DOJ Settles with Large Health Care Organization Regarding Software-Based, Immigration-Related Discrimination Claims

On August 25, the Division of Justice (“DOJ”) introduced that it has settled an immigration-related discrimination declare with Ascension Health Alliance (“Ascension”), a Missouri-based healthcare group with greater than 2,600 websites – together with 146 hospitals and greater than 40 senior residing amenities – unfold out over 19 states and the District of Columbia.

Ascension violated the Immigration and Nationality Act (INA) when it discriminated towards work-authorized non-U.S. residents based mostly on their citizenship standing. Ascension required extra or totally different paperwork than had been mandatory when these workers tried to reverify their continued work authorization.

Ascension Discriminated In opposition to Non-U.S. Citizen Workers

The division’s investigation decided that Ascension made an automated request that its non-U.S. citizen workers present new paperwork to show their continued work authorizations, even in conditions the place it was not required. Ascension, utilizing a custom-made employment eligibility verification software program program, electronically accomplished the shape I-9. The software program additionally tracked the expiration dates of non-U.S. citizen worker paperwork. The investigation revealed that Ascension improperly programmed the software program to ship automated e-mails requesting continued work authorization to all non-U.S. citizen workers, together with U.S. nationals, lawful everlasting residents, asylees, and refugees.

In response, the non-U.S. residents promptly introduced paperwork that didn’t require verification of employment eligibility. In some situations, Ascension additional required non-U.S. citizen workers to offer new eligibility paperwork with the intention to proceed working. In distinction, such e-mails weren’t despatched to U.S. residents and, due to this fact, they didn’t notify U.S. residents who had been approaching the expiration of their paperwork.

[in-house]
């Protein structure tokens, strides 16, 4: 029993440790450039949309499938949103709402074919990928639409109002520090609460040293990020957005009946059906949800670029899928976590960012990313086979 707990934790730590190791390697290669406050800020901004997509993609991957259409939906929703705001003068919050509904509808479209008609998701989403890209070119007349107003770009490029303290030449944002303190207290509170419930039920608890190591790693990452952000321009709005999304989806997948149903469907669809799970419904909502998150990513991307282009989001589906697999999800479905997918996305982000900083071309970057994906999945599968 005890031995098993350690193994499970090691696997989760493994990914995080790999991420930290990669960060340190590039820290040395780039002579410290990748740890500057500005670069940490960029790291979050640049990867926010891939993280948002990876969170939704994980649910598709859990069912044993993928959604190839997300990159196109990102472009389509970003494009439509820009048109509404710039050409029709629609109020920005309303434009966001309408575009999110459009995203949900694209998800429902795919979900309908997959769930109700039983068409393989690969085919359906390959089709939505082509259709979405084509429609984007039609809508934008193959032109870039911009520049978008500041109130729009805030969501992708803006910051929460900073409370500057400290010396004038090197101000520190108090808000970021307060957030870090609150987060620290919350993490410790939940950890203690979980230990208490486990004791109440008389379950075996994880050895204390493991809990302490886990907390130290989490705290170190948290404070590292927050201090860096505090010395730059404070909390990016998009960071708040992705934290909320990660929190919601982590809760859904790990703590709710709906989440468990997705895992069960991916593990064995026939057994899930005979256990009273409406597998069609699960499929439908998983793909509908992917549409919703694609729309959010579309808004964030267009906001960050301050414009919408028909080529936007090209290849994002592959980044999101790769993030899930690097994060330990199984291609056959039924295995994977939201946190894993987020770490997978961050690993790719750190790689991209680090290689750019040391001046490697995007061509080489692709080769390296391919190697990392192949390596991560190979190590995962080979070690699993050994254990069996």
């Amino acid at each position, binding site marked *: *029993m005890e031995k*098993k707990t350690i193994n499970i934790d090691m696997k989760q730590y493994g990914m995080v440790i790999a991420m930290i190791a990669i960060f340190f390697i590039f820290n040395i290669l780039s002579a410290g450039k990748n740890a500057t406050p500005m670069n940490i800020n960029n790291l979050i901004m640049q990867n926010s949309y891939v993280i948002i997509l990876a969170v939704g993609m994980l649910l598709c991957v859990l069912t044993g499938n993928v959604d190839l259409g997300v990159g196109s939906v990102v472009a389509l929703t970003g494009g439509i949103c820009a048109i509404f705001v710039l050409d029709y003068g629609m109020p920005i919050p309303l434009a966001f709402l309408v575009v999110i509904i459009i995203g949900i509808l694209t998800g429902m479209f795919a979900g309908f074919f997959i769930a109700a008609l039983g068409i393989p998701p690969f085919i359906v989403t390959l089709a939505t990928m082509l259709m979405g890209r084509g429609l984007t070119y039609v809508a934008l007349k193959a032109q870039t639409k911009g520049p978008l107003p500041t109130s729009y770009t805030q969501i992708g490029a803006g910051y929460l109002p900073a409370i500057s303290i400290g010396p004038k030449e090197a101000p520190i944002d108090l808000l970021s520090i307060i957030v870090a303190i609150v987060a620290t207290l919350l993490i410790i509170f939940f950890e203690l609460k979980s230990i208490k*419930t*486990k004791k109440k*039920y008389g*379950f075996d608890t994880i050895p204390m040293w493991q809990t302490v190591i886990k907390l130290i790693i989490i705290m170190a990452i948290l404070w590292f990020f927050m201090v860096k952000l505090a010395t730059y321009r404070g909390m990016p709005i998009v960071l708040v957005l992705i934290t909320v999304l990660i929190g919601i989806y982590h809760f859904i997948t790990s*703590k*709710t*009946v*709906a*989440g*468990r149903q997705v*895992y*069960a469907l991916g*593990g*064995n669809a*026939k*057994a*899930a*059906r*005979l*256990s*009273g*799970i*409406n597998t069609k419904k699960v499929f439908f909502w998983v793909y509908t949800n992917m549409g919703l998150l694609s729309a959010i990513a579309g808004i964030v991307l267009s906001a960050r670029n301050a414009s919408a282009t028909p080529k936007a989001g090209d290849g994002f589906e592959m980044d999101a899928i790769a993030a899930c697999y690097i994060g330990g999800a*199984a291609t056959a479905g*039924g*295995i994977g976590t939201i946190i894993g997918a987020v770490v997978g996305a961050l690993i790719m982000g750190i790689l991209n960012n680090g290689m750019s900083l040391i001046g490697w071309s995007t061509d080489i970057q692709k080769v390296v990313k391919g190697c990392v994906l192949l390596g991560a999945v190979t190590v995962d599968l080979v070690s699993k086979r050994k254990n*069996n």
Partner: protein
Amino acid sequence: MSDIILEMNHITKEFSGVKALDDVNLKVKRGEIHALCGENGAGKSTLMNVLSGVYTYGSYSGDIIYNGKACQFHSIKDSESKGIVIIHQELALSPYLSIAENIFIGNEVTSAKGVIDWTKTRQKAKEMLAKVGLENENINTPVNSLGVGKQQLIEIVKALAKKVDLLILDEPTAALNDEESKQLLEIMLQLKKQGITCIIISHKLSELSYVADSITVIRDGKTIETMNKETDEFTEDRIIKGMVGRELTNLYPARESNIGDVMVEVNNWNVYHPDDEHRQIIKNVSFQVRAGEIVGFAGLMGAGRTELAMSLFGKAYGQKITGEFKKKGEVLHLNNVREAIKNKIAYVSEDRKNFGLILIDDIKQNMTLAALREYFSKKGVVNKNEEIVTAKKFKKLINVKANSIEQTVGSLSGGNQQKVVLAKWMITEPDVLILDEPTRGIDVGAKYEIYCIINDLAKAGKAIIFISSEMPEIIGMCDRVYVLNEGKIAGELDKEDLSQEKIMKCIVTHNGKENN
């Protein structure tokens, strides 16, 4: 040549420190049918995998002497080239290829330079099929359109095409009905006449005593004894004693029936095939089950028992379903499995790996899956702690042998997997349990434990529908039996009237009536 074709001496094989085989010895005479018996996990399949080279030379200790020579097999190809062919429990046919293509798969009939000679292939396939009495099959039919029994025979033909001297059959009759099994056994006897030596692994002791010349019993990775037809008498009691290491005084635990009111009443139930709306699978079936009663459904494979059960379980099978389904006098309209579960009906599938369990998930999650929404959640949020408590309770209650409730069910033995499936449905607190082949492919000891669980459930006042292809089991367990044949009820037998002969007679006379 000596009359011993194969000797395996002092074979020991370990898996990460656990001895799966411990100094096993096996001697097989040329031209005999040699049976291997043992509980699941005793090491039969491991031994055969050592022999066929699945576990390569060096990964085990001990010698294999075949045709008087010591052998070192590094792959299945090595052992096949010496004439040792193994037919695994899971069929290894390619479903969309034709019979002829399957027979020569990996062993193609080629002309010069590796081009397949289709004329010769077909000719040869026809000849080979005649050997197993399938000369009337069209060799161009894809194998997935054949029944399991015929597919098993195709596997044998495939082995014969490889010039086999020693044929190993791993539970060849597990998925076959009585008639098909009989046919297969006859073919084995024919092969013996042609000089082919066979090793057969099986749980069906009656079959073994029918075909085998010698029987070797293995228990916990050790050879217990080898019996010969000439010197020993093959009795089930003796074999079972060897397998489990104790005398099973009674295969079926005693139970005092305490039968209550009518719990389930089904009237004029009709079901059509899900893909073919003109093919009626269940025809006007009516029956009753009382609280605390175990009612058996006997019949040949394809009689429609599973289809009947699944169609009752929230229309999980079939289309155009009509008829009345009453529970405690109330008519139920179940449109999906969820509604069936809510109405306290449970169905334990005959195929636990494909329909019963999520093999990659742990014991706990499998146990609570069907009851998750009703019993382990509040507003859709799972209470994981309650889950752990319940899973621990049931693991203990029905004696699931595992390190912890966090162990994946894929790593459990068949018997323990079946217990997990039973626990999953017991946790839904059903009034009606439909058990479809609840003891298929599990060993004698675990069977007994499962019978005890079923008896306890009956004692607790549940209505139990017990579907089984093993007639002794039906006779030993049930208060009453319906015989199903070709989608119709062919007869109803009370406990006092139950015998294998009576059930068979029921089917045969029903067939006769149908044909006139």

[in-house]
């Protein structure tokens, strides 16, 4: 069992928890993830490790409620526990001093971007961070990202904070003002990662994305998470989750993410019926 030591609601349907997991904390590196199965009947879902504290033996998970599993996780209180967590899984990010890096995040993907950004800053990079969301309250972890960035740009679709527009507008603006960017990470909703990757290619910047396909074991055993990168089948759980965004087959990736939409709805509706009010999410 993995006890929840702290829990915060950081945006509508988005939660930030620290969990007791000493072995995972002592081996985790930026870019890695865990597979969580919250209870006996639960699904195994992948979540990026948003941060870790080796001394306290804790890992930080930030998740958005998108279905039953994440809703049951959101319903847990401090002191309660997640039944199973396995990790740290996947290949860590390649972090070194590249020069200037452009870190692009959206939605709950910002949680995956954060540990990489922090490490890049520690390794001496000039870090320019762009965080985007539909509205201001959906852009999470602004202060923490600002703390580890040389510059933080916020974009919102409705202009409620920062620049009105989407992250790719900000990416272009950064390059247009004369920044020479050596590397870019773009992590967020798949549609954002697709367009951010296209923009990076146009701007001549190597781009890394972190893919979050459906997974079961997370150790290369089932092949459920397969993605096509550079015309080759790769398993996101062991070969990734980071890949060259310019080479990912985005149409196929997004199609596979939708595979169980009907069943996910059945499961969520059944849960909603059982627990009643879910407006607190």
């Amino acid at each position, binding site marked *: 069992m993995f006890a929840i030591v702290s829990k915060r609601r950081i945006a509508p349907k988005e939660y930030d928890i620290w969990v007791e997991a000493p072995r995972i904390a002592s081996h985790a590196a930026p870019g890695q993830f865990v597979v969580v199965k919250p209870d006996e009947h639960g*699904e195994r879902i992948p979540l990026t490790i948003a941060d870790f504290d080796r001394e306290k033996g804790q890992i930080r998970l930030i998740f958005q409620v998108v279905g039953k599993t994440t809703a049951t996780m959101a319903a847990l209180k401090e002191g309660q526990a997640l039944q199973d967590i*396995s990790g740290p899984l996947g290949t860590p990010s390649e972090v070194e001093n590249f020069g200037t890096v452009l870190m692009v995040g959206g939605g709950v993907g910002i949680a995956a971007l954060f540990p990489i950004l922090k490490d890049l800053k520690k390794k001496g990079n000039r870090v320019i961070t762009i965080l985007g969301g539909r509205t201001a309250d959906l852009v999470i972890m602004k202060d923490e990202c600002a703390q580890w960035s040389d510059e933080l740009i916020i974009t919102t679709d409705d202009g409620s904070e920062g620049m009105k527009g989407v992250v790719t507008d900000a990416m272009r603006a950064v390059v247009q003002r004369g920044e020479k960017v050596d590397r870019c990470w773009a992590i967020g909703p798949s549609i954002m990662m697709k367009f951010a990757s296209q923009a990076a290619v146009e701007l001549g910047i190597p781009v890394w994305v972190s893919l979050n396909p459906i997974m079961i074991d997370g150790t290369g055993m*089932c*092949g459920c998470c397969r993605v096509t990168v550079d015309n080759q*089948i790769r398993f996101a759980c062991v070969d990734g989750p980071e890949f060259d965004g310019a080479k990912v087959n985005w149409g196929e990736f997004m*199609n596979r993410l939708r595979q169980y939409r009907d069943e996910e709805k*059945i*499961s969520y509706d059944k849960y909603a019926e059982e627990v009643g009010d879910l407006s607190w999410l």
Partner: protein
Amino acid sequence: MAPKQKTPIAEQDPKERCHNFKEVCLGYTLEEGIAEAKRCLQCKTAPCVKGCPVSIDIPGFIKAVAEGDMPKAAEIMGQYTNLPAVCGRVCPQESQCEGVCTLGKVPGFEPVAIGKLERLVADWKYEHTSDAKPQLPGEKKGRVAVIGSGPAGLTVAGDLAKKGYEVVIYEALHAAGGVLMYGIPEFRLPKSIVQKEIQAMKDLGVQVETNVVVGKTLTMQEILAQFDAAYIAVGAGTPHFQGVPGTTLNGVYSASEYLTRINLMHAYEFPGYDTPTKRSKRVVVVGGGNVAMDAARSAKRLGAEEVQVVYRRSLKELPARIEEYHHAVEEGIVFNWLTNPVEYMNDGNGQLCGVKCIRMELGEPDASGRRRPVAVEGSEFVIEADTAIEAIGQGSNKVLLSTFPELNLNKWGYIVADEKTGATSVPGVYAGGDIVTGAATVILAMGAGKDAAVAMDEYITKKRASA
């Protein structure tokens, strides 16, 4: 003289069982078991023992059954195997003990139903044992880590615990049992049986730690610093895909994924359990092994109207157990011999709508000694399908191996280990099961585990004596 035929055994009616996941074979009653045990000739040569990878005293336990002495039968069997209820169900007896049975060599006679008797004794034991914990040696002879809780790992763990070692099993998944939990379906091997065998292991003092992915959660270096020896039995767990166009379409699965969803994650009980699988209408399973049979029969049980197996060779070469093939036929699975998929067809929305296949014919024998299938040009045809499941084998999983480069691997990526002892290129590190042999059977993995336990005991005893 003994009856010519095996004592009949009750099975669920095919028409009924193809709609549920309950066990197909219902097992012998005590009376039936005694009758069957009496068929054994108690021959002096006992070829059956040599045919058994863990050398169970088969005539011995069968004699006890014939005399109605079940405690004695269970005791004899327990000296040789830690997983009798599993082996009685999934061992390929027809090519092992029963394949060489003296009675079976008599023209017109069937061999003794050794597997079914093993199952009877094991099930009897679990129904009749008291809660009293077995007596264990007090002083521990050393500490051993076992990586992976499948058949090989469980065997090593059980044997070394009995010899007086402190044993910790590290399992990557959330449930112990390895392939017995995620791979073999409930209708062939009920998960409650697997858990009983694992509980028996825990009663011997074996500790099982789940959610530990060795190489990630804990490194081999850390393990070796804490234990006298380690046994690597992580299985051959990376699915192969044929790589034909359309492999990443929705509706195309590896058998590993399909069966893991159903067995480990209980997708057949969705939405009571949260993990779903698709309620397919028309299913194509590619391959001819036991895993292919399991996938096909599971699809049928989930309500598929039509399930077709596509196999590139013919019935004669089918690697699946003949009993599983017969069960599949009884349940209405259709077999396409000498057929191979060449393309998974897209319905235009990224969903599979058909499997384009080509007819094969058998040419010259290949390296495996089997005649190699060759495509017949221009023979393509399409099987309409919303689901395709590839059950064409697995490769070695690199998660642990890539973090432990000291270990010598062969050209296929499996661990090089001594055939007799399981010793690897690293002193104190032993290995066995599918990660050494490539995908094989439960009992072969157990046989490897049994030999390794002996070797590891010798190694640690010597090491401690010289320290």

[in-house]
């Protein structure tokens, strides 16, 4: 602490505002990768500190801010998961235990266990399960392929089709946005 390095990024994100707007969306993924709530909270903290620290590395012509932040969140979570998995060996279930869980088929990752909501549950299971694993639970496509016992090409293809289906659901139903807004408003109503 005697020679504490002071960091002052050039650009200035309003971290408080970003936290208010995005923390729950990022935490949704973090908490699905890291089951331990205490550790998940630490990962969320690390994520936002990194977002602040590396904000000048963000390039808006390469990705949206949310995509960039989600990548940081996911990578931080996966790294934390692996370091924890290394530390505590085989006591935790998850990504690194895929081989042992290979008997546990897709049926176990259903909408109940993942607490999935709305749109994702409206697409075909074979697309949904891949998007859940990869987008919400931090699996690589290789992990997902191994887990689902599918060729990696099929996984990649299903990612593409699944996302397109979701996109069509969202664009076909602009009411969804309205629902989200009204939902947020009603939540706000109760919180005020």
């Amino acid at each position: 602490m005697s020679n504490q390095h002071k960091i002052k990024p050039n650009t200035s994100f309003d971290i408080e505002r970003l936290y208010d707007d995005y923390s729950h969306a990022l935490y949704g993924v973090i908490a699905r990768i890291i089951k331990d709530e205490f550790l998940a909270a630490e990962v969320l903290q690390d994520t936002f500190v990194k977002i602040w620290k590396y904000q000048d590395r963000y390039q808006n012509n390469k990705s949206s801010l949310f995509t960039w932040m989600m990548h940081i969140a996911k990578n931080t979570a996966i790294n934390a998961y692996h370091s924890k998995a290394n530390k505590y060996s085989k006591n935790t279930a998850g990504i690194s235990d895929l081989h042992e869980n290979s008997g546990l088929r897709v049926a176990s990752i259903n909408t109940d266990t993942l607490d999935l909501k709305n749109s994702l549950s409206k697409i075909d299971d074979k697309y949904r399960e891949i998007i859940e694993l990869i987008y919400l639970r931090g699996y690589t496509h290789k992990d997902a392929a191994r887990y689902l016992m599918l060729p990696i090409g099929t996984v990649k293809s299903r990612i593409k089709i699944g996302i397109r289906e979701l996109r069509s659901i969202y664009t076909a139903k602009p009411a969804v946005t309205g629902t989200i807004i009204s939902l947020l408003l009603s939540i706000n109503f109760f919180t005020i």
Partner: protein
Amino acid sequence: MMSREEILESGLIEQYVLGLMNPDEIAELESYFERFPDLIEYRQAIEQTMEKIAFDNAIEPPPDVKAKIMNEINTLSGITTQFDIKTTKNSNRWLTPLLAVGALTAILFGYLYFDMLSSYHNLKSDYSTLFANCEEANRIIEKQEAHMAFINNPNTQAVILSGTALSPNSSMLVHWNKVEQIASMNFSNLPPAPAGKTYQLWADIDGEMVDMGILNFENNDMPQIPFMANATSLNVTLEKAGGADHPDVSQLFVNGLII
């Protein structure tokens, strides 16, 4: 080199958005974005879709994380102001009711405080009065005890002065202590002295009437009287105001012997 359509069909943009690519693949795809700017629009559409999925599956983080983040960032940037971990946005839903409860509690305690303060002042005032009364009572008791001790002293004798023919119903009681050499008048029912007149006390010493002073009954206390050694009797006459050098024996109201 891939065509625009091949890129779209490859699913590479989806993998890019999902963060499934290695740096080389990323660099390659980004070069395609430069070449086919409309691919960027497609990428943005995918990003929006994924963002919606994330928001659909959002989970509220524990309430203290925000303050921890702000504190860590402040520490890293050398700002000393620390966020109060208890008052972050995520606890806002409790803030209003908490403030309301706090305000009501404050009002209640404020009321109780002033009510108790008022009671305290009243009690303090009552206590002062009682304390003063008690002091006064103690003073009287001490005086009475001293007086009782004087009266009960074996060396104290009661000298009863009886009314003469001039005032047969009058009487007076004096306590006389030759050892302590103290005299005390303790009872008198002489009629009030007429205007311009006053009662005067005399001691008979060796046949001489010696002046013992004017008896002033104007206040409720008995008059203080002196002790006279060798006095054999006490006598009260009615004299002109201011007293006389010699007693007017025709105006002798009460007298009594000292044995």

“Employers are reminded that while software programs may seem efficient, there is still a responsibility to ensure that programming decisions do not result in discrimination,” mentioned Assistant Legal professional Normal Kristen Clarke of the Justice Division’s Civil Rights Division. “This settlement makes clear that the Justice Department will vigorously enforce federal civil rights laws and hold employers accountable if their software results in unlawful discrimination.”

The Settlement

The settlement requires Ascension to pay the U.S. a civil penalty of $84,832.00. Moreover, Ascension will educate its workers on the necessities of the INA’s anti-discrimination provision. It will embody offering workers with the Immigrant and Worker Rights Part (IER).          

INA’s Anti-Discrimination Provision

Federal regulation permits all work-authorized people, no matter their immigration standing, to decide on which legitimate, legally acceptable documentation to current to reveal the worker’s authorized work authorization standing. Non-U.S. citizen workers like lawful everlasting residents, refugees, and asylees, amongst others, have work authorization that doesn’t expire for a few years. Such workers are eligible to make use of a number of forms of paperwork as proof of labor authorization, similar to driver’s license, unrestricted social safety card, and many others.

The Civil Rights Division’s Immigrant and Worker Rights Part (IER) is the company answerable for imposing the INA’s anti-discrimination provision. The INA prohibits discrimination based mostly on citizenship, immigration standing, or nationwide origin, in hiring, firing, or recruitment or referral for a payment. The statute additionally prohibits unfair documentary practices and retaliation and intimidation.

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